Americans have started thinking seriously about how to die.
This past Monday, October 5, California became the fifth state to allow doctors to prescribe life-ending drugs to patients with terminal illnesses, joining Washington State, Oregon, Vermont, and Montana. In an unusually confessional signing message, Governor Jerry Brown explained his decision to sign the legislation, writing: “I do not know what I would do if I were dying in prolonged and excruciating pain. I am certain, however, that it would be a comfort to be able to consider the options afforded by this bill.”
The passage of the End of Life Option Act capped a tumultuous process that began more than 20 years ago, when Californians roundly rejected an aid-in-dying ballot initiative (the first of several efforts), and accelerated only recently alongside shifting currents in the broader culture. New books such as Atul Gawande’s Being Mortal have been raising vital questions about personal agency, the culture of modern healthcare, and the end of life. Award-winning documentaries like How To Die in Oregon have drawn attention to the real-life responses to death-with-dignity legislation. And recent cases like that of Brittany Maynard, the 29-year-old with a brain tumor who chose to move to a state where aid in dying is legal, have fascinated the media. Maynard famously relocated from California to Oregon so that she could die a more peaceful, dignified death than the one fated by her cancer.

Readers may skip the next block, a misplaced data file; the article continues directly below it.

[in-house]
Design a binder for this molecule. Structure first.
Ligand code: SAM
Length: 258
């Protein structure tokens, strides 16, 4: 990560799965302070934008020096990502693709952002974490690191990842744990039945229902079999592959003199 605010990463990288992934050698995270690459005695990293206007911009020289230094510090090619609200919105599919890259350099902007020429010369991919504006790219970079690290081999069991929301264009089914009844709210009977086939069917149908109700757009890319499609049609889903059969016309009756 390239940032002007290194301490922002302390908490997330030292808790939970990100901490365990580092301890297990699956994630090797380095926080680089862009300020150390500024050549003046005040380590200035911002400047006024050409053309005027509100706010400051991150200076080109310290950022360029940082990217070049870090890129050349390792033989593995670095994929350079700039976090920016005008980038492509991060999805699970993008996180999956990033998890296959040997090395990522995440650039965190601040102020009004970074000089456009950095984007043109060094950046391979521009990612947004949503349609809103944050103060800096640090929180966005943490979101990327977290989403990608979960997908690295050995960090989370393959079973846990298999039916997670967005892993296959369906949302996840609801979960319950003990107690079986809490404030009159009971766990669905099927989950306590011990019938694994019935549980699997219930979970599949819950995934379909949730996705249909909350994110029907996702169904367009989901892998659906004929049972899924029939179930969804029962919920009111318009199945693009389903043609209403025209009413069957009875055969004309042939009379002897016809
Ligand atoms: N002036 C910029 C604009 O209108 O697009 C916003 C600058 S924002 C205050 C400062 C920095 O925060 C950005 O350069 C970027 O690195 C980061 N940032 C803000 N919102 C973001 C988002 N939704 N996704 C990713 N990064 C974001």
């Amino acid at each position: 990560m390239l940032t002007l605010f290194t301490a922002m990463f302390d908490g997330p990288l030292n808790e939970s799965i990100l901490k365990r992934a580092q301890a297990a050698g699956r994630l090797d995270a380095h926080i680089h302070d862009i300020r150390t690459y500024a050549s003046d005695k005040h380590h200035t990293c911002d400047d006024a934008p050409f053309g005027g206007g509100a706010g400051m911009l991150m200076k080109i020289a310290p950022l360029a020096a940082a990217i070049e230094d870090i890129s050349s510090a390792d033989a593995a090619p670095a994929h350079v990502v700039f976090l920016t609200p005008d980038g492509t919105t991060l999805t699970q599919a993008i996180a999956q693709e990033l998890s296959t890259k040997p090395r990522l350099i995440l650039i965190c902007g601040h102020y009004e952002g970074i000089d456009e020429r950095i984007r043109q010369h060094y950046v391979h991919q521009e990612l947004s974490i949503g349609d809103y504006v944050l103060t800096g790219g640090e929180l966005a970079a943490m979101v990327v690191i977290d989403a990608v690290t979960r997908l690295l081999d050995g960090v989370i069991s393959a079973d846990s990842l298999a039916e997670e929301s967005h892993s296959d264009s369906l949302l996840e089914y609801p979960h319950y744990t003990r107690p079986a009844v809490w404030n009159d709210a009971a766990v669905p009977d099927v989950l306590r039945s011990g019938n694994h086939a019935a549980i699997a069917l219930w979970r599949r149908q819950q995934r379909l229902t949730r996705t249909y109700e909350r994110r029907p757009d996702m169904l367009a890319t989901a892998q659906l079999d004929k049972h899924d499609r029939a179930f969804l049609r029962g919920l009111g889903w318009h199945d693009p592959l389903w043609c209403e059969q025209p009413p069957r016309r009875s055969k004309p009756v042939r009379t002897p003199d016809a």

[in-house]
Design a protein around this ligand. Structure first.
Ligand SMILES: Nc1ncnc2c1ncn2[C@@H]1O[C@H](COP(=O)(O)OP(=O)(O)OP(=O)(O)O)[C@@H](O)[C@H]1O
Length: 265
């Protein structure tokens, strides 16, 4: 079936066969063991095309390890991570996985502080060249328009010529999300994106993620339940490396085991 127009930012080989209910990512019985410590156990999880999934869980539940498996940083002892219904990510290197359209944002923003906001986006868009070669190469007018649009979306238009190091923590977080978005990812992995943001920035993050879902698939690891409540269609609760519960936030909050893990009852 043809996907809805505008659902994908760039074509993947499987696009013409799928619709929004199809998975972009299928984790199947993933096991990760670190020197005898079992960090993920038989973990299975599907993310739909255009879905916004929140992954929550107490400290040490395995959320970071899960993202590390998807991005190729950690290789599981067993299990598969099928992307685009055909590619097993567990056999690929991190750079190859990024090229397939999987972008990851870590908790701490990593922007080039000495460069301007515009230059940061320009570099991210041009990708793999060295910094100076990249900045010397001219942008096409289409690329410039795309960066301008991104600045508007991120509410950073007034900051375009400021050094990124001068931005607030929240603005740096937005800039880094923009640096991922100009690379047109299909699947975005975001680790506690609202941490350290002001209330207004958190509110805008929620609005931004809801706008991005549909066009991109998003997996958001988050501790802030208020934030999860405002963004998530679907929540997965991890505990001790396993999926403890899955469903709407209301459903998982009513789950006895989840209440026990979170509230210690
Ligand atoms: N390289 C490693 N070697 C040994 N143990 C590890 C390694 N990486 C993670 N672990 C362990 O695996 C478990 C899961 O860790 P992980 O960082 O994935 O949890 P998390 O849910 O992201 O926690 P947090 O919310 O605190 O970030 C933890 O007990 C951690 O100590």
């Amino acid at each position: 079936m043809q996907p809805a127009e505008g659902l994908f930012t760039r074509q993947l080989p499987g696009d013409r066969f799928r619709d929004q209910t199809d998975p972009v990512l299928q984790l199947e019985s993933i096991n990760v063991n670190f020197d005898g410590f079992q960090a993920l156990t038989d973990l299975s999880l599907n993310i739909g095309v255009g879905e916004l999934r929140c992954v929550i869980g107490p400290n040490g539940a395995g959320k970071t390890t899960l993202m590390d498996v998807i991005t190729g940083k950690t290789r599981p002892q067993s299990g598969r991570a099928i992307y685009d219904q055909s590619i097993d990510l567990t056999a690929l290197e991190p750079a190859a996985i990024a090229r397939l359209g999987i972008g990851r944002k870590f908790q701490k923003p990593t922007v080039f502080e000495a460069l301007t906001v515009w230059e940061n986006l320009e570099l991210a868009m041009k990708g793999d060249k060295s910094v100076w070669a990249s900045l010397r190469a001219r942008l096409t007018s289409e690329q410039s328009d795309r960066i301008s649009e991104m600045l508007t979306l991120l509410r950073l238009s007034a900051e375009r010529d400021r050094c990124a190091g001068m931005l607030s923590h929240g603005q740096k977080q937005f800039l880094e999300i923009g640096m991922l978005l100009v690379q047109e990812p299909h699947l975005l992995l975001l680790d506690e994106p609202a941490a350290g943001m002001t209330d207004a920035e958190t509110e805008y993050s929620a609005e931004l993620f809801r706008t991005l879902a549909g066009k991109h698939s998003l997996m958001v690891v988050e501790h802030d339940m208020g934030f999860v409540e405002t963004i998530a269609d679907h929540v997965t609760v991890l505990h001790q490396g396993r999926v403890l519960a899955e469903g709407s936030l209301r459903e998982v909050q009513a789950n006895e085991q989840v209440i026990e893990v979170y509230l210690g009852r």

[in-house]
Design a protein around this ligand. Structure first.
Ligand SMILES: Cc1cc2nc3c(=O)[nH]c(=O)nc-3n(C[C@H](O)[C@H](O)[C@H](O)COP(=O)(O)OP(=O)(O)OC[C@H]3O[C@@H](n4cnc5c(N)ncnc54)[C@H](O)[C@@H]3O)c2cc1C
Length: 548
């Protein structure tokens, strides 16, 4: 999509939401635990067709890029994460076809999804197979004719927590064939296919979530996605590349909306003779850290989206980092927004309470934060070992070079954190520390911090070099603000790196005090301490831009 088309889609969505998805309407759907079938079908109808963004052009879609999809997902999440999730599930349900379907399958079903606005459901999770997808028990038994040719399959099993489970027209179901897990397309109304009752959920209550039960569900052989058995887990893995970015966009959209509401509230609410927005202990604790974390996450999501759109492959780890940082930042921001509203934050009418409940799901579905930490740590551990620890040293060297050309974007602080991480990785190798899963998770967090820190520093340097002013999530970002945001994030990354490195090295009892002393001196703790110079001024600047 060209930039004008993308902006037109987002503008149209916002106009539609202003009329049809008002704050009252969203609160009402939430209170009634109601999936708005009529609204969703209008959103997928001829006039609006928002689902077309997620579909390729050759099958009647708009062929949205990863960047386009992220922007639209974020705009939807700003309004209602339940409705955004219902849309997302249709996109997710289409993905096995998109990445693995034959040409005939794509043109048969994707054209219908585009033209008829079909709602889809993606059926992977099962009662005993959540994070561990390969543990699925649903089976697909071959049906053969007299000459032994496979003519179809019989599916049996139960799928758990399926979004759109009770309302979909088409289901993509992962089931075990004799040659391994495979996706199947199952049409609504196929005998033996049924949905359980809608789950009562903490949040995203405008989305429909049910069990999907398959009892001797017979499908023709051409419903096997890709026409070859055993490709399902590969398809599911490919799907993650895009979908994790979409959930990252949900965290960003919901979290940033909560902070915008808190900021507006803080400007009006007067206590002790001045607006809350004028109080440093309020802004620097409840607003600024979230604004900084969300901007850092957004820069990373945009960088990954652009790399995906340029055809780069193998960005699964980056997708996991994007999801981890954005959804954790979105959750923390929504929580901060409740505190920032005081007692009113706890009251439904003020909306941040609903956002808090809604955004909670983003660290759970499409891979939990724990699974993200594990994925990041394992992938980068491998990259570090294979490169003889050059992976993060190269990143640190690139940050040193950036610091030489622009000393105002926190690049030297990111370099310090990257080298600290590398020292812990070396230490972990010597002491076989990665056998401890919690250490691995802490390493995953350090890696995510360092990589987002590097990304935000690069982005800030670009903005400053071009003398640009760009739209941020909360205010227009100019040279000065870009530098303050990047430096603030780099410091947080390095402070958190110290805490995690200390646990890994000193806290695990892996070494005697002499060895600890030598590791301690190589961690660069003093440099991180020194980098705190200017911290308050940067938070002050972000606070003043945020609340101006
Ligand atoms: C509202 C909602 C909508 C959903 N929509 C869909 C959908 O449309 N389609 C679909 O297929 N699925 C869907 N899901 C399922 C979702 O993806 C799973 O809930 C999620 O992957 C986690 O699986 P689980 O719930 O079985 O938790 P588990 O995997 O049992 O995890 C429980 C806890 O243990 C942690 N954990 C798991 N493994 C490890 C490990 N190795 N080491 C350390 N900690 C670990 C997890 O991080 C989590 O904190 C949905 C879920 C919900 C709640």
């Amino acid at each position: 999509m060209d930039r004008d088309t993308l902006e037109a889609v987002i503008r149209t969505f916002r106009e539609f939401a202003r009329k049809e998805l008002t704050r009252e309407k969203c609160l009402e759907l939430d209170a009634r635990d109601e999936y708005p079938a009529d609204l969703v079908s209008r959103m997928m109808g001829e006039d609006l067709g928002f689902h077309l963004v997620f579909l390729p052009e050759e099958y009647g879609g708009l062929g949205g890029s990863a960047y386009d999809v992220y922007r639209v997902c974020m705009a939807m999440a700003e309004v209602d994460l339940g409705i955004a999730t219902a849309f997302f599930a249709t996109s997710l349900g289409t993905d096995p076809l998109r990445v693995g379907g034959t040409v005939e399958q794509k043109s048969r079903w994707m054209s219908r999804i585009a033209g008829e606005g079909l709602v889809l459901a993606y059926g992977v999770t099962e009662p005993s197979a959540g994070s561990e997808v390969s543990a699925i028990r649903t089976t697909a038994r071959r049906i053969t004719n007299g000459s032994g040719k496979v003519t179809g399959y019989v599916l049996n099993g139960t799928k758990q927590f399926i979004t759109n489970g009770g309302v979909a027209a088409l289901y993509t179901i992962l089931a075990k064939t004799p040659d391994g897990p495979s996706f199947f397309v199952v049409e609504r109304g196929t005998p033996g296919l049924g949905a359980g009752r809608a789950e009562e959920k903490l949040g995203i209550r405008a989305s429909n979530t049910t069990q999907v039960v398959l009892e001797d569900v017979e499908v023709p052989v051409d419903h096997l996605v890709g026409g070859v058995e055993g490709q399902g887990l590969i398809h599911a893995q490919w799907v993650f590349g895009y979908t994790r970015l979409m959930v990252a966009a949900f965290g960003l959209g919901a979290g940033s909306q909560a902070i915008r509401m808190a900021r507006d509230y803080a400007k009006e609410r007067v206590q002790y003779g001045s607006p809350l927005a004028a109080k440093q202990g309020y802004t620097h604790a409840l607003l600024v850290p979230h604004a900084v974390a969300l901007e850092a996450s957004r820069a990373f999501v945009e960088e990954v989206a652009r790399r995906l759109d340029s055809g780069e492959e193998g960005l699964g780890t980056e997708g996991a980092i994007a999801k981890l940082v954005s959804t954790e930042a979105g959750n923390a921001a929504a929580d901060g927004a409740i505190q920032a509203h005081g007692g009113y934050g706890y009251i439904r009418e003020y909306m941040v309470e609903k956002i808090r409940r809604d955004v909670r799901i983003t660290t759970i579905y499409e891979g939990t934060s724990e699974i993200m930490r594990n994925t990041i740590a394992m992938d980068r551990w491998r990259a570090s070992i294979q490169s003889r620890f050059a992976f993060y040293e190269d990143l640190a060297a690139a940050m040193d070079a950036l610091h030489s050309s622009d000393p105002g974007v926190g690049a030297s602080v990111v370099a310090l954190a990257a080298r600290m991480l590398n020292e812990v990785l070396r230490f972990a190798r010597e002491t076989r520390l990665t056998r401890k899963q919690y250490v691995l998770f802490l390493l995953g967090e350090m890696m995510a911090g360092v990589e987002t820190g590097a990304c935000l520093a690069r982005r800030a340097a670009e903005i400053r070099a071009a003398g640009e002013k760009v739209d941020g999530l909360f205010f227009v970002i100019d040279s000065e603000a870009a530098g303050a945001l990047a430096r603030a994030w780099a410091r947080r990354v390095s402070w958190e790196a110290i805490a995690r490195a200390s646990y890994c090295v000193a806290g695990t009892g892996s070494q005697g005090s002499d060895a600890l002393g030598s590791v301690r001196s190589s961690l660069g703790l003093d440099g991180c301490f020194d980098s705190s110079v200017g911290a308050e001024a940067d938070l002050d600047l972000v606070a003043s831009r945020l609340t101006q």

Ann Neumann, author of the forthcoming The Good Death: An Exploration of Dying in America, attributes the new openness to discussions about death and dying to a mix of demographic, cultural and even medical shifts. Americans are living longer, she told The Nation, but many of those extra years are proving to be a series of long, slow and disabling medical problems. “Independent, control-focused baby boomers are taking care of their elderly parents and beginning to worry about what will happen in their own end years,” she said.
But the new openness to end-of-life care is running up against one of the complexities of America’s healthcare system. Catholic hospitals supply an indispensable and growing share of the country’s healthcare services. These hospitals now make up 10 of the 25 largest healthcare networks in the United States and, in some places and for some people, they are the only realistic option. But Catholic hospitals don’t do “death with dignity.”